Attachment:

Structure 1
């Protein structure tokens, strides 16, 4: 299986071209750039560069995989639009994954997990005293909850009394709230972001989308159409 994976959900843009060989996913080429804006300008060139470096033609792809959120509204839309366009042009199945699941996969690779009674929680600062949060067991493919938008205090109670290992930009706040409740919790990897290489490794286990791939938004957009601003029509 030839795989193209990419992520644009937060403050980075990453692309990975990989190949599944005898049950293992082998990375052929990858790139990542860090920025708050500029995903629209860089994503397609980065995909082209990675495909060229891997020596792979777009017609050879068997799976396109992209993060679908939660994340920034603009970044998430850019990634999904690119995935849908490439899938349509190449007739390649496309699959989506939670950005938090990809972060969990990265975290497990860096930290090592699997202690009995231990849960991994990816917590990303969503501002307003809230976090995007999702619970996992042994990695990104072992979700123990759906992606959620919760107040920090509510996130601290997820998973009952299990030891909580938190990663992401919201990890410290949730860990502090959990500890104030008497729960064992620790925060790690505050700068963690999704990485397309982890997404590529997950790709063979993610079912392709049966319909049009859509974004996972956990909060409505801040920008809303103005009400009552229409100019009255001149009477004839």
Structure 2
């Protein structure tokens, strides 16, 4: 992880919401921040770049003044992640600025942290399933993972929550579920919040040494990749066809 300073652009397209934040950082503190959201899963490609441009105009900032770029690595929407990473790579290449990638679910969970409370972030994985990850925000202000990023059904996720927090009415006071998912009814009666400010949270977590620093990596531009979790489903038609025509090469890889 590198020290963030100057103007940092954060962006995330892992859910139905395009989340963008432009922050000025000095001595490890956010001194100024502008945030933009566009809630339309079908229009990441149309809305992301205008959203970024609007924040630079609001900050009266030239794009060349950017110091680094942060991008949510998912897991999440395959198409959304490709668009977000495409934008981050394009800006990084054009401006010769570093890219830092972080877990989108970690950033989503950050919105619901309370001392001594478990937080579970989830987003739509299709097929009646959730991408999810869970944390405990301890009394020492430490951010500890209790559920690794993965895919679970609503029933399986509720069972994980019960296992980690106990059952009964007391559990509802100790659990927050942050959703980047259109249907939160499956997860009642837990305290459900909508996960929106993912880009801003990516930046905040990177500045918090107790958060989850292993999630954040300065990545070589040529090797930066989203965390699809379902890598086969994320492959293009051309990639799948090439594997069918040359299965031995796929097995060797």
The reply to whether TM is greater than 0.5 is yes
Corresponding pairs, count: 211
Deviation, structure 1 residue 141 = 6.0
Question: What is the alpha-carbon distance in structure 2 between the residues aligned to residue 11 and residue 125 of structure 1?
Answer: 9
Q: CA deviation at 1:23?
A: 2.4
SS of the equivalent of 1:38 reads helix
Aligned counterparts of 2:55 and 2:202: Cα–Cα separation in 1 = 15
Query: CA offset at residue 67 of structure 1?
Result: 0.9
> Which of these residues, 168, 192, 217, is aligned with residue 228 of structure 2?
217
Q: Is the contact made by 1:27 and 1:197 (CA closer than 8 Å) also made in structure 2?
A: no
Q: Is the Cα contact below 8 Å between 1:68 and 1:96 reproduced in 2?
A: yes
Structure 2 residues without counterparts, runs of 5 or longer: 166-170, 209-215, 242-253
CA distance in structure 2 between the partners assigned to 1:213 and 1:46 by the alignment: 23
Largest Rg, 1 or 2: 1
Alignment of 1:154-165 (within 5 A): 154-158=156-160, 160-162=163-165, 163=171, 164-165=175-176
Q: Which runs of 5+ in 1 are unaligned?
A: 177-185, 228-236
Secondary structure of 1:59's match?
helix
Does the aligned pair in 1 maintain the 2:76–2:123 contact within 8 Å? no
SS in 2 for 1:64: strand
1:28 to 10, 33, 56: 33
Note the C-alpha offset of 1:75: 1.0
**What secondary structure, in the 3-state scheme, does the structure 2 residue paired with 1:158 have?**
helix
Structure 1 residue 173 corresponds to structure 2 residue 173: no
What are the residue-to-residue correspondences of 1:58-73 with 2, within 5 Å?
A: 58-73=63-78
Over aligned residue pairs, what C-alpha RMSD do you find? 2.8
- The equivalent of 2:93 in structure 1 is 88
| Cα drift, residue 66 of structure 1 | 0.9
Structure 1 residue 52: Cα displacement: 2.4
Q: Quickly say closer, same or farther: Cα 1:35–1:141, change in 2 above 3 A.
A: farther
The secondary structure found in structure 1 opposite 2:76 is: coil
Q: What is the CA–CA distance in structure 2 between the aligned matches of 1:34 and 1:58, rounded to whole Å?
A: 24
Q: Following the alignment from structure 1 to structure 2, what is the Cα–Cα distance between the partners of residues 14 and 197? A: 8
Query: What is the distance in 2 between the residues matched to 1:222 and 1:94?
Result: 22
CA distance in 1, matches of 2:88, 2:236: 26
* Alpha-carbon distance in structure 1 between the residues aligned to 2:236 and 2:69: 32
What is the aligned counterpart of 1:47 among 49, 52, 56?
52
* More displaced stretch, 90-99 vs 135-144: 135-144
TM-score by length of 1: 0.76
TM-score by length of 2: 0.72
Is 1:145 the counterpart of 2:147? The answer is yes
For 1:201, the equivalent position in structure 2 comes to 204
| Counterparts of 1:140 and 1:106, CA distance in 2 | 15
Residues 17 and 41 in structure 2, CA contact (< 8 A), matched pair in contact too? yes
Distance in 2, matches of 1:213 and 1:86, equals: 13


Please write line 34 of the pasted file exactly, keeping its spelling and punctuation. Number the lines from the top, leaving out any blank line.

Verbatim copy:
**What secondary structure, in the 3-state scheme, does the structure 2 residue paired with 1:158 have?**